Creating Accessible Virtual Meetings, Part 2: Meeting Participation

Written in partnership with Elizabeth Ralston, MPH, Consultant

This is part 2 of the series we began with tips for marketing and planning logistics for accessible virtual meetings. In light of October’s Disability Awareness Month and the continuing needs of the community, we are sharing these resources to encourage folks to be more inclusive in their meetings every month of the year!

It’s time to host your meeting! Here are things to consider as you facilitate participation in your virtual meeting:

Is everyone able to actively engage during the meeting?

  • If there are fewer than 8 people, try to have your video on as much as possible as it helps people with disabilities follow who is talking and be able to lipread and see facial cues. If there are more than 8 people, it becomes distracting and more difficult to follow. However, if people are speaking, encourage them to turn their video on when it is their turn to speak.
Example of a shared screen
Example of what it looks like when you spotlight a presenter and interpreter while sharing a slide presentation. Credit: Tina Childress, Au.D., CCC-A
  • The first time you introduce yourself, state your pronouns and include a physical description, e.g. Hello, I am Josie! I am Black and have short black hair with a white hat. I am wearing bright red lipstick and a black and white striped shirt. I am sitting in front of a bookshelf.” Simple actions like this can really help a person with low vision have an image of who is speaking and sets the tone for making feel included as part of the meeting. It also helps the captioner and interpreter track the conversation.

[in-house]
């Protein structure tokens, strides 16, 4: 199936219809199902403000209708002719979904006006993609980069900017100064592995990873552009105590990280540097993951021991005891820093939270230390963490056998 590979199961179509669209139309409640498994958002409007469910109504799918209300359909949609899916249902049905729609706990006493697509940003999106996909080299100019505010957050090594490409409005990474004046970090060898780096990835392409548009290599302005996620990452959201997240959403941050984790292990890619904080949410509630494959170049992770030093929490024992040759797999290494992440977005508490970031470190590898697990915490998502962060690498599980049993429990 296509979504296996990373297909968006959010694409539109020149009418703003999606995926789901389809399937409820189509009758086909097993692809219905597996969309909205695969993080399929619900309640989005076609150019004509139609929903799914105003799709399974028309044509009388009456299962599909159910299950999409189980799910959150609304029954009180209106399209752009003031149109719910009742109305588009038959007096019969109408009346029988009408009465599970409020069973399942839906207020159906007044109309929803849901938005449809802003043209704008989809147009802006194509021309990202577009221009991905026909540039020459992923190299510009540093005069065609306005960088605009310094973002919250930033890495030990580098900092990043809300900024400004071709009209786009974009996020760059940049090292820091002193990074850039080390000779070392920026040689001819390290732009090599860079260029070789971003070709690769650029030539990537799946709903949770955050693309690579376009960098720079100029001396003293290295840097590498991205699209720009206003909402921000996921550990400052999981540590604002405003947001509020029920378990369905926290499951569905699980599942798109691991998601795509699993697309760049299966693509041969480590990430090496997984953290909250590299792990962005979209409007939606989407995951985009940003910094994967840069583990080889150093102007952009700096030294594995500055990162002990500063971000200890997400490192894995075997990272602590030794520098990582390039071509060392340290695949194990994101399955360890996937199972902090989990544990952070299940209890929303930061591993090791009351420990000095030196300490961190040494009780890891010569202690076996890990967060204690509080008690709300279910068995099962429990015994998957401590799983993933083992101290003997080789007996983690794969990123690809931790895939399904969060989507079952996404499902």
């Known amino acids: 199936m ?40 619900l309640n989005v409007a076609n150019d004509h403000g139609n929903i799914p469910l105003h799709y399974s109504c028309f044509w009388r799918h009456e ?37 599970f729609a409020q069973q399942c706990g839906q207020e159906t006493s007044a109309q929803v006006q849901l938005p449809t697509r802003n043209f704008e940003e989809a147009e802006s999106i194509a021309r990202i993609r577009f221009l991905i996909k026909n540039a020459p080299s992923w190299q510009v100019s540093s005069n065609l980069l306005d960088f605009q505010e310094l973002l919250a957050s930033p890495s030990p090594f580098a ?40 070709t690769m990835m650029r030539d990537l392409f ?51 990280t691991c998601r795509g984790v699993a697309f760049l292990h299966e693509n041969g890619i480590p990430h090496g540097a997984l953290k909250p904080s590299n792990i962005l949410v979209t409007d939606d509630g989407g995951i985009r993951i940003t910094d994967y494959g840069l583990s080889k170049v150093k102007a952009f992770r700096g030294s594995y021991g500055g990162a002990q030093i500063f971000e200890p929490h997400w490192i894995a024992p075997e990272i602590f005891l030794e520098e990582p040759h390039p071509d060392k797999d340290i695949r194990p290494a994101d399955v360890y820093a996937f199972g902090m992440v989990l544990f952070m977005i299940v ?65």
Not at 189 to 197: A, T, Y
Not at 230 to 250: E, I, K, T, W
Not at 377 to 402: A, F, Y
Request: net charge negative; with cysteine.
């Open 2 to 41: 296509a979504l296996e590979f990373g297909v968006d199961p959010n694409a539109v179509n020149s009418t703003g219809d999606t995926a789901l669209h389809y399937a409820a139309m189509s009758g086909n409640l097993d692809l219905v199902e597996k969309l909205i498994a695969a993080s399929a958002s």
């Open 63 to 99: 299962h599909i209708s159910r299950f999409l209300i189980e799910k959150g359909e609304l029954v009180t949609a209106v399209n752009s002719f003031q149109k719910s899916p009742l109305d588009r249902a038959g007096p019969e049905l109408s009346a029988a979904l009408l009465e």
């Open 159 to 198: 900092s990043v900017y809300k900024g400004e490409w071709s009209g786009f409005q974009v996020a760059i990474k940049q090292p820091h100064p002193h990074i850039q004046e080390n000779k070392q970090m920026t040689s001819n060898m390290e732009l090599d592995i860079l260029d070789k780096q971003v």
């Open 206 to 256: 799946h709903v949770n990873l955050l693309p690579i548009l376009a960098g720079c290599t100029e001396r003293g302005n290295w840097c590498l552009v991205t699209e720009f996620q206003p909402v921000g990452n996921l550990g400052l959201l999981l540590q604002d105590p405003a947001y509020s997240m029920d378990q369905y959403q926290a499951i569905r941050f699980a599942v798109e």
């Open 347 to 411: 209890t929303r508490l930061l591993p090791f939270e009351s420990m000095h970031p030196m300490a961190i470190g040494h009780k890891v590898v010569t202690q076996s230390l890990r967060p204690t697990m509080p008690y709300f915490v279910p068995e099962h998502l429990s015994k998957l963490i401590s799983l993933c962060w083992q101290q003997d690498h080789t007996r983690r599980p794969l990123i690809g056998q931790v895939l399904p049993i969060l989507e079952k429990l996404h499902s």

• Every time you begin talking, say your name so that it is clear for anyone tracking the conversation to know who is speaking (e.g. someone with cognitive disabilities or who is blind or low vision).
  • Describe the content on your slides to benefit anyone calling in or people who are blind or low vision. Images need to be described out loud as people who are blind and low vision may not be able to see the screen.
  • Allow time for people with disabilities to respond to questions and have the opportunity to share thoughts. Sometimes it takes them longer because they are looking at the captions, interpreter, screen reader, are nonverbal or have cognitive issues that prevent them from responding more quickly.
  • Encourage use of chat box or Q & A to ensure everyone can participate. This also allows people who are nonverbal to share their thoughts—the moderator, host or facilitator should be sure to read those aloud.
  • Be sure to describe any visuals that are not audio described before a video is shown and make sure it is captioned. More on audio descriptions in the video below:

Want even more help to begin or grow on your inclusive journey? Check out the resources below!

Additional Resources:

Chicago Cultural Accessibility Consortium: Leading Accessible Virtual Programs

King County TV: How to Host Online Meetings